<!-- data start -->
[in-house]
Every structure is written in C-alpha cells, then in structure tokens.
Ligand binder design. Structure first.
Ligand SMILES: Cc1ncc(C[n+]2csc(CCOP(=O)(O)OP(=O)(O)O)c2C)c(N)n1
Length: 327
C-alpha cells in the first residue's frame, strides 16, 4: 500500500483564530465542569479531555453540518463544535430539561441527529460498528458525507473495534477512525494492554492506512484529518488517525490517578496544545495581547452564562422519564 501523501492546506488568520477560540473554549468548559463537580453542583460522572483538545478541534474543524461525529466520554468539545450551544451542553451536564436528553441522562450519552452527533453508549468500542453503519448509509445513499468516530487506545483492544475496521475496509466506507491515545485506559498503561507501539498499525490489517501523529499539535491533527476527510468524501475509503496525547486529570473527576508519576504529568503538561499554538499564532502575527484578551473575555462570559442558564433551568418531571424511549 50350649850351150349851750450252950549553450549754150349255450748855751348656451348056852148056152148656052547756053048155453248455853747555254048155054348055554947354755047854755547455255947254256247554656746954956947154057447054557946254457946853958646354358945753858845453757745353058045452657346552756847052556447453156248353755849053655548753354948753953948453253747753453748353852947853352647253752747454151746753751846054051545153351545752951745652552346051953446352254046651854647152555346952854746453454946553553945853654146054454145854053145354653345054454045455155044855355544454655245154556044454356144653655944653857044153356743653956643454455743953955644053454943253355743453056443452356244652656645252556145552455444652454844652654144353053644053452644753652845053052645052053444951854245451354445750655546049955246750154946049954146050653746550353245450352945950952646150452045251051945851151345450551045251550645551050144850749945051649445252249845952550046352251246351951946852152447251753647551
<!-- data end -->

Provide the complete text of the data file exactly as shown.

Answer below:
[in-house]
Every structure is written in C-alpha cells, then in structure tokens.
Ligand binder design. Structure first.
Ligand SMILES: Cc1ncc(C[n+]2csc(CCOP(=O)(O)OP(=O)(O)O)c2C)c(N)n1
Length: 327
C-alpha cells in the first residue's frame, strides 16, 4: 500500500483564530465542569479531555453540518463544535430539561441527529460498528458525507473495534477512525494492554492506512484529518488517525490517578496544545495581547452564562422519564 501523501492546506488568520477560540473554549468548559463537580453542583460522572483538545478541534474543524461525529466520554468539545450551544451542553451536564436528553441522562450519552452527533453508549468500542453503519448509509445513499468516530487506545483492544475496521475496509466506507491515545485506559498503561507501539498499525490489517501523529499539535491533527476527510468524501475509503496525547486529570473527576508519576504529568503538561499554538499564532502575527484578551473575555462570559442558564433551568418531571424511549 50350649850351150349851750450252950549553450549754150349255450748855751348656451348056852148056152148656052547756053048155453248455853747555254048155054348055554947354755047854755547455255947254256247554656746954956947154057447054557946254457946853958646354358945753858845453757745353058045452657346552756847052556447453156248353755849053655548753354948753953948453253747753453748353852947853352647253752747454151746753751846054051545153351545752951745652552346051953446352254046651854647152555346952854746453454946553553945853654146054454145854053145354653345054454045455155044855355544454655245154556044454356144653655944653857044153356743653956643454455743953955644053454943253355743453056443452356244652656645252556145552455444652454844652654144353053644053452644753652845053052645052053444951854245451354445750655546049955246750154946049954146050653746550353245450352945950952646150452045251051945851151345450551045251550645551050144850749945051649445252249845952550046352251246351951946852152447251753647551